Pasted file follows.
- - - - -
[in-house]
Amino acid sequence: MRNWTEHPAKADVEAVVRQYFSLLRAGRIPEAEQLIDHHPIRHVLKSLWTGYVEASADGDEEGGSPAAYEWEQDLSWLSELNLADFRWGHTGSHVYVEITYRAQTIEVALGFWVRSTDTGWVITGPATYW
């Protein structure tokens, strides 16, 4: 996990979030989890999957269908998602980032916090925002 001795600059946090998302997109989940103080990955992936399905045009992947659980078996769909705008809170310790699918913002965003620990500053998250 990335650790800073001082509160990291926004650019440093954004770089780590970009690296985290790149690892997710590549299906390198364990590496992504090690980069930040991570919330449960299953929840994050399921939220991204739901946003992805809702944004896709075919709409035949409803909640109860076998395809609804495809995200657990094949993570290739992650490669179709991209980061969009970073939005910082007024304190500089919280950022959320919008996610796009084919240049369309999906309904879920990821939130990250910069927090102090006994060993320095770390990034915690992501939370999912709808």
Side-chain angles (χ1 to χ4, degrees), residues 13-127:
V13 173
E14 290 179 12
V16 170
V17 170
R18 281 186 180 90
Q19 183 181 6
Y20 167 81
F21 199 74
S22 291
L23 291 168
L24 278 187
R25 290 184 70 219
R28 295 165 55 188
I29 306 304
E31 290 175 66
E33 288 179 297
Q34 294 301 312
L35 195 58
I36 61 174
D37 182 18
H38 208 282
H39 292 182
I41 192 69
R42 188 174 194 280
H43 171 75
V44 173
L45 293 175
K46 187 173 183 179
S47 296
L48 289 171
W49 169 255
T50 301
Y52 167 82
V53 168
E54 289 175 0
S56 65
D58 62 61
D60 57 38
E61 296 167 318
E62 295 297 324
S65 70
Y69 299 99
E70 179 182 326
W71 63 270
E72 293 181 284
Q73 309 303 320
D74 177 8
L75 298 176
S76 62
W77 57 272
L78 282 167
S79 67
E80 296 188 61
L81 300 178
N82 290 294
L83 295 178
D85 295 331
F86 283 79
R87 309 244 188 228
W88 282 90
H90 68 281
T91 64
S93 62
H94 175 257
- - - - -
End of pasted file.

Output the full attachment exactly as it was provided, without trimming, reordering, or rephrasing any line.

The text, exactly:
[in-house]
Amino acid sequence: MRNWTEHPAKADVEAVVRQYFSLLRAGRIPEAEQLIDHHPIRHVLKSLWTGYVEASADGDEEGGSPAAYEWEQDLSWLSELNLADFRWGHTGSHVYVEITYRAQTIEVALGFWVRSTDTGWVITGPATYW
């Protein structure tokens, strides 16, 4: 996990979030989890999957269908998602980032916090925002 001795600059946090998302997109989940103080990955992936399905045009992947659980078996769909705008809170310790699918913002965003620990500053998250 990335650790800073001082509160990291926004650019440093954004770089780590970009690296985290790149690892997710590549299906390198364990590496992504090690980069930040991570919330449960299953929840994050399921939220991204739901946003992805809702944004896709075919709409035949409803909640109860076998395809609804495809995200657990094949993570290739992650490669179709991209980061969009970073939005910082007024304190500089919280950022959320919008996610796009084919240049369309999906309904879920990821939130990250910069927090102090006994060993320095770390990034915690992501939370999912709808």
Side-chain angles (χ1 to χ4, degrees), residues 13-127:
V13 173
E14 290 179 12
V16 170
V17 170
R18 281 186 180 90
Q19 183 181 6
Y20 167 81
F21 199 74
S22 291
L23 291 168
L24 278 187
R25 290 184 70 219
R28 295 165 55 188
I29 306 304
E31 290 175 66
E33 288 179 297
Q34 294 301 312
L35 195 58
I36 61 174
D37 182 18
H38 208 282
H39 292 182
I41 192 69
R42 188 174 194 280
H43 171 75
V44 173
L45 293 175
K46 187 173 183 179
S47 296
L48 289 171
W49 169 255
T50 301
Y52 167 82
V53 168
E54 289 175 0
S56 65
D58 62 61
D60 57 38
E61 296 167 318
E62 295 297 324
S65 70
Y69 299 99
E70 179 182 326
W71 63 270
E72 293 181 284
Q73 309 303 320
D74 177 8
L75 298 176
S76 62
W77 57 272
L78 282 167
S79 67
E80 296 188 61
L81 300 178
N82 290 294
L83 295 178
D85 295 331
F86 283 79
R87 309 244 188 228
W88 282 90
H90 68 281
T91 64
S93 62
H94 175 257